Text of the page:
The problem of osteoporosis in epileptic patients taking antiepileptic drugs.Expert Opin Drug Saf 2014; 13(7):935-46EO
Epilepsy is a common neurological disorder associated with recurrent seizures. Therapy with antiepileptic drugs (AEDs) helps achieve seizure remission in approximately 70% of epileptic patients. Treatment with AEDs is frequently lifelong and there are reports suggesting its negative influence on bone health. This is especially important in terms of general occurrence of osteoporosis, affecting over 50 million people worldwide.
This study refers to two main groups of AEDs: hepatic enzyme inducers (carbamazepine, oxcarbazepine, phenobarbital, phenytoin, primidone and topiramate) and non-inducers (clobazam, clonazepam, ethosuximide, gabapentin, lacosamide, lamotrigine, levetiracetam, pregabalin, tiagabine, valproate, vigabatrin and zonisamide). Some reports indicate that enzyme inducers may exert a more negative influence on bone mineral density (BMD) compared to non-inducers. Bone problems may appear in both sexes during AED therapy, although women are additionally burdened with postmenopausal osteoporosis. Supplementation of vitamin D and calcium in patients on AEDs is recommended.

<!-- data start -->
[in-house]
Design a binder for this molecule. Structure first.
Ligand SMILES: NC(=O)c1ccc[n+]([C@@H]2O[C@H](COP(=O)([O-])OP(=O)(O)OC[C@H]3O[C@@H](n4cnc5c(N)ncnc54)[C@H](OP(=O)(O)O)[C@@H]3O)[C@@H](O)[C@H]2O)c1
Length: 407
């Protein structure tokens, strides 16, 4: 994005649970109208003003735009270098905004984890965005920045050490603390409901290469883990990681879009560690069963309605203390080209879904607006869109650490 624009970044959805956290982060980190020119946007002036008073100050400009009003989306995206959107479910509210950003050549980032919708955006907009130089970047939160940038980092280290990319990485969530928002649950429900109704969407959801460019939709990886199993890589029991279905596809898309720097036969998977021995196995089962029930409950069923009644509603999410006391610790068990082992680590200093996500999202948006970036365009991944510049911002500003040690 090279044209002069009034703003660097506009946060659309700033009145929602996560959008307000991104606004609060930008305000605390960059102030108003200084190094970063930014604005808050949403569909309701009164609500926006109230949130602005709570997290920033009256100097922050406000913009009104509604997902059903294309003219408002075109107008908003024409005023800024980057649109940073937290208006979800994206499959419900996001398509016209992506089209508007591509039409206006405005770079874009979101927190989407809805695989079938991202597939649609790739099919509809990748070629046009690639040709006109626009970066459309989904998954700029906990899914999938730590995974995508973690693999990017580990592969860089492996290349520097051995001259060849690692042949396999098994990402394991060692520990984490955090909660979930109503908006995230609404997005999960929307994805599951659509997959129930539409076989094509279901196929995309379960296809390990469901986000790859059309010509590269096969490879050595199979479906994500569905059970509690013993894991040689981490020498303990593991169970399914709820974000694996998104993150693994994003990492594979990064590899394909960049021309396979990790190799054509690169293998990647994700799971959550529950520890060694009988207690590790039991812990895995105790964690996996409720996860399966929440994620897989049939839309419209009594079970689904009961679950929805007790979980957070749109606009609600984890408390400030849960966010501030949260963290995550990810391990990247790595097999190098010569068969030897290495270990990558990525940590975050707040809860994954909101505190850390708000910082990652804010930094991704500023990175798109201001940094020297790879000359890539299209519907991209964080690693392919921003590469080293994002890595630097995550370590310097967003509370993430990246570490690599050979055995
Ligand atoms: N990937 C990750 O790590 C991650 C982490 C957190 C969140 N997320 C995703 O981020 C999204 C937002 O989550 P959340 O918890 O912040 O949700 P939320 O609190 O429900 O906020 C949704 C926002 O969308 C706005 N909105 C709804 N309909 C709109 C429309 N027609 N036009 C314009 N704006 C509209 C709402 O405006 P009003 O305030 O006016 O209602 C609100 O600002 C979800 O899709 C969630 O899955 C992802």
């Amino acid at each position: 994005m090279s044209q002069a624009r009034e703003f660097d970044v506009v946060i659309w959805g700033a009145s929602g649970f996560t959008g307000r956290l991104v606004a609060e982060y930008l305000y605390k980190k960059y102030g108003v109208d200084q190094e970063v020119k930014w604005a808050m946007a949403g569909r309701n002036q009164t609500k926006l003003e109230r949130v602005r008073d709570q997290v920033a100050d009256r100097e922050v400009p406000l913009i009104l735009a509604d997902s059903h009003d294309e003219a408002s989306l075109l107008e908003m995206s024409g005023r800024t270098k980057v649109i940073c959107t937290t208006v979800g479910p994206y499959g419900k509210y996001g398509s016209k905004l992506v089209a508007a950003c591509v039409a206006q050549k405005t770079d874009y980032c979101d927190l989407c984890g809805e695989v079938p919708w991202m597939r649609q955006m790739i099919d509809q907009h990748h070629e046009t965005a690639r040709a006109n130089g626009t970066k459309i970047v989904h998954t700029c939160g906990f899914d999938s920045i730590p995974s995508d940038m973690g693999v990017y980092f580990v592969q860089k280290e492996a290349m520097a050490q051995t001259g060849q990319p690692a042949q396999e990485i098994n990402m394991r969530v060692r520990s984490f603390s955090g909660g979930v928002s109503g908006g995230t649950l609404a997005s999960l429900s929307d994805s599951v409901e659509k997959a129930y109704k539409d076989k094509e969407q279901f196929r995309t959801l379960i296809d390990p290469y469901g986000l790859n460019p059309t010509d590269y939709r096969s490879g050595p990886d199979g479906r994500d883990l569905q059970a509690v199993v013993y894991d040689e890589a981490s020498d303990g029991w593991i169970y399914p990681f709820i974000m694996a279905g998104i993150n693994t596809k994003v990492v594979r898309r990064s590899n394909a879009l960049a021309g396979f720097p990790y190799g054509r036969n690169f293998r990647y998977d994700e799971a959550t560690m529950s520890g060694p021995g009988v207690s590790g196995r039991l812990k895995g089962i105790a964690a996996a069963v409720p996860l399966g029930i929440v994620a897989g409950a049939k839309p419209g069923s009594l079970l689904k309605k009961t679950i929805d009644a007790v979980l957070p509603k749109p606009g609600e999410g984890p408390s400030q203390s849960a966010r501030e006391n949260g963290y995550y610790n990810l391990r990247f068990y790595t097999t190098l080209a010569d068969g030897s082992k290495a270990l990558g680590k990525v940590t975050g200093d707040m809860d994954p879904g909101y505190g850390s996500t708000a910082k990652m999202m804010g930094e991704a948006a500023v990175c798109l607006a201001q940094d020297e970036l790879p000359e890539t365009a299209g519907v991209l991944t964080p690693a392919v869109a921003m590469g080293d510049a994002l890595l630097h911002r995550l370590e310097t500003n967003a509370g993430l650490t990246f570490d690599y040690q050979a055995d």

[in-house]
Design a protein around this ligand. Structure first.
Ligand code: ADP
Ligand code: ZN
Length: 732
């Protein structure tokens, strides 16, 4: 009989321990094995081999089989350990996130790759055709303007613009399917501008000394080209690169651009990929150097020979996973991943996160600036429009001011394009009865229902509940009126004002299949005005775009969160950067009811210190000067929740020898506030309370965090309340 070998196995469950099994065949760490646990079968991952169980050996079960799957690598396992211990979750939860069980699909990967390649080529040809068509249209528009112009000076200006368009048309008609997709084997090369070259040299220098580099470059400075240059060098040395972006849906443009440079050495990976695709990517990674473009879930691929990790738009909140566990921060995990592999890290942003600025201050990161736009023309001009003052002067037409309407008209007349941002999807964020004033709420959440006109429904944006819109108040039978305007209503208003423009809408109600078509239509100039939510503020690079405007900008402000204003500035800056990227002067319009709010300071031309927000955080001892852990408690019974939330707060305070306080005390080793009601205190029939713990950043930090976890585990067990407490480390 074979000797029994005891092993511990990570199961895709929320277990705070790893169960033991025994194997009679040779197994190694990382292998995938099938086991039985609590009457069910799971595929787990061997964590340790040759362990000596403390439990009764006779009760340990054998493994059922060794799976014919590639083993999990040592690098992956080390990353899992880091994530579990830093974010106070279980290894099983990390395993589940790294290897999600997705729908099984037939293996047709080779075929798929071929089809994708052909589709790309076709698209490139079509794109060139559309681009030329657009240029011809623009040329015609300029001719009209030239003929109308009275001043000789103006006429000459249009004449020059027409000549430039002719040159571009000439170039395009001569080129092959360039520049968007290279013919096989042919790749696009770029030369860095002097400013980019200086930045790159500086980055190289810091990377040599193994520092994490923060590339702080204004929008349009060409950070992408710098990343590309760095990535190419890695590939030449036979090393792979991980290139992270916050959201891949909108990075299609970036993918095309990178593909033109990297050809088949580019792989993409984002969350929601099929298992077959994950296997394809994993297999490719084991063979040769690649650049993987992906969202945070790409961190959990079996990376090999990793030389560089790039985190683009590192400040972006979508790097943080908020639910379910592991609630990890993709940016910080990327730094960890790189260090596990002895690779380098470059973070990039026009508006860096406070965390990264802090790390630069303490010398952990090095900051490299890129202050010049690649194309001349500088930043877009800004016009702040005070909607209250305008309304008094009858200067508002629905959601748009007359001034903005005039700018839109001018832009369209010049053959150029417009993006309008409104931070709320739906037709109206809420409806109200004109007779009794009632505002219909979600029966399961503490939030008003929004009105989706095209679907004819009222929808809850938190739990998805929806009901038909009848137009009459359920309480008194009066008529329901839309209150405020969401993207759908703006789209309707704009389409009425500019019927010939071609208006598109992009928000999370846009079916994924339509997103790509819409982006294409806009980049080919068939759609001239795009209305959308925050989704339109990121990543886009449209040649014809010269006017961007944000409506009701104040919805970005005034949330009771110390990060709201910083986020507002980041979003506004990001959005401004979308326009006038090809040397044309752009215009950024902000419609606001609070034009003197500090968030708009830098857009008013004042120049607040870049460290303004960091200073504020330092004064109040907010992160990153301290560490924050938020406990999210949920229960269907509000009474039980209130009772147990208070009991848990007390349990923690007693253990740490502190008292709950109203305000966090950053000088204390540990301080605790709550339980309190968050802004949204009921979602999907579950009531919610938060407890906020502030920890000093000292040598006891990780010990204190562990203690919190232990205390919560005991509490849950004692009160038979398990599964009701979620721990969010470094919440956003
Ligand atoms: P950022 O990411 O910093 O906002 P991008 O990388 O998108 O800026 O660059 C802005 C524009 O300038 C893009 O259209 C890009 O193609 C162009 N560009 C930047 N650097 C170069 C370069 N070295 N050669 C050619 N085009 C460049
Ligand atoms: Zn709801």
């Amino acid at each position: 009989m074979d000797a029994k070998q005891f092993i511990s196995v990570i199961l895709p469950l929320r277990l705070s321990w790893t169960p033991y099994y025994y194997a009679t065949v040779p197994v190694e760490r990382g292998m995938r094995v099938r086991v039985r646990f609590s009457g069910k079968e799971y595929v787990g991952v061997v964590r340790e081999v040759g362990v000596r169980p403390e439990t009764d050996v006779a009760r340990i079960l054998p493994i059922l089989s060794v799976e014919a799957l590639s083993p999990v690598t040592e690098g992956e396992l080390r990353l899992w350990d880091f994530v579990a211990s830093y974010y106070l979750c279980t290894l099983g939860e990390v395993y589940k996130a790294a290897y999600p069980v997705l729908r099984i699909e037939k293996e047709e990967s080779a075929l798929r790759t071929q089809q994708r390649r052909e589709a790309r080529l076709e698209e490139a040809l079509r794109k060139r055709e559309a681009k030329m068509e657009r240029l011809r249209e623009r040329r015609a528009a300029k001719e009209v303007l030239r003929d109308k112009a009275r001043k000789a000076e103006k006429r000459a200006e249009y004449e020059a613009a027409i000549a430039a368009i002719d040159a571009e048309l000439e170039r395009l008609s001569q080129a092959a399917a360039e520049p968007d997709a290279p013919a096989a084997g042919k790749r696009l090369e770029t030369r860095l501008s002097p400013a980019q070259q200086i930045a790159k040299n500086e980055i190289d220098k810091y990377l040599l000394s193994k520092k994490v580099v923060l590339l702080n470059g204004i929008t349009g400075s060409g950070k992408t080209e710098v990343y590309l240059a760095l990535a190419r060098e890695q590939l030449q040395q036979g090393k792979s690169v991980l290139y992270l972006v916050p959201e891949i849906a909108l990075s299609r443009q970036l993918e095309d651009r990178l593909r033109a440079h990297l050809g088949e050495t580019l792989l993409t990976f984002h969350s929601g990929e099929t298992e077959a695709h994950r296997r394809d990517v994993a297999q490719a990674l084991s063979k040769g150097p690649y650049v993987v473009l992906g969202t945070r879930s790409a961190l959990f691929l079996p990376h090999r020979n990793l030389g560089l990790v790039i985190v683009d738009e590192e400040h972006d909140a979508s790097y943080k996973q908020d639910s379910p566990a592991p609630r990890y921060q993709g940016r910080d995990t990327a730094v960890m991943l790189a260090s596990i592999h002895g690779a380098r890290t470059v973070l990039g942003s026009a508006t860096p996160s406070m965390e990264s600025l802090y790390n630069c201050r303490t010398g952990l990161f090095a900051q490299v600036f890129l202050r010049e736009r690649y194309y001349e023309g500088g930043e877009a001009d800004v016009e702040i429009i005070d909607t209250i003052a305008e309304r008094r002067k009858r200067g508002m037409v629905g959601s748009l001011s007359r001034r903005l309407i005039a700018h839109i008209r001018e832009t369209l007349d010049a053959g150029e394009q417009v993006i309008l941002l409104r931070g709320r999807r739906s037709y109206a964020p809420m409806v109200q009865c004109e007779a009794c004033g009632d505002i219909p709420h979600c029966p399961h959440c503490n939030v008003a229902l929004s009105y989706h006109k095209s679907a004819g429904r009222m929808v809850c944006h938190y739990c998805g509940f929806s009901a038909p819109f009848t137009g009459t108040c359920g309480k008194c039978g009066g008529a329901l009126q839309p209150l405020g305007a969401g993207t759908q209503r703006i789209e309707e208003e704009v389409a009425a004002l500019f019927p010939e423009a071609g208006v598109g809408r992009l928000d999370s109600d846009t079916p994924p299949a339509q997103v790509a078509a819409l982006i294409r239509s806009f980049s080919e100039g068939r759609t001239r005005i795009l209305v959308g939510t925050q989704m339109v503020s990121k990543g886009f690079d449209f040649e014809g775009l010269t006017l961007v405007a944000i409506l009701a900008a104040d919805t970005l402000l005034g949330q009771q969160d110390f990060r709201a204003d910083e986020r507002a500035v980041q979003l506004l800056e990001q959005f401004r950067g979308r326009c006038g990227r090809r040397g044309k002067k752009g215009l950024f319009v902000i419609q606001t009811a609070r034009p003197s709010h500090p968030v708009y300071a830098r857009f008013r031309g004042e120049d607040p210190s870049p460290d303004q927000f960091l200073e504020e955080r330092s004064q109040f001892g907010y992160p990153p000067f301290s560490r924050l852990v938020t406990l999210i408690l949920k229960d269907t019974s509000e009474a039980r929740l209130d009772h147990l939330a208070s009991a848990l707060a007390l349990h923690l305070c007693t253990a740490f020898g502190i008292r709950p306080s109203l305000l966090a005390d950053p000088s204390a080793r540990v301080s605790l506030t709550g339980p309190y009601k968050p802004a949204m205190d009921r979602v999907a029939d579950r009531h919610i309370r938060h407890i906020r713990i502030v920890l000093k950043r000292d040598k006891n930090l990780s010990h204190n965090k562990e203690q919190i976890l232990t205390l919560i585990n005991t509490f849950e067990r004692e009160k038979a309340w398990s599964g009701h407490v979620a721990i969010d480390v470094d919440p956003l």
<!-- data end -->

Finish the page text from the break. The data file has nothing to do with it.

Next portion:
Apart from enzyme inducers, valproate (an even enzyme inhibitor) may also negatively affect BMD. However, the untoward effects of AEDs may depend upon their doses and duration of treatment. Although the problem of supplementation of vitamin D and calcium in epileptic patients on AEDs is controversial, there are recommendations to do so.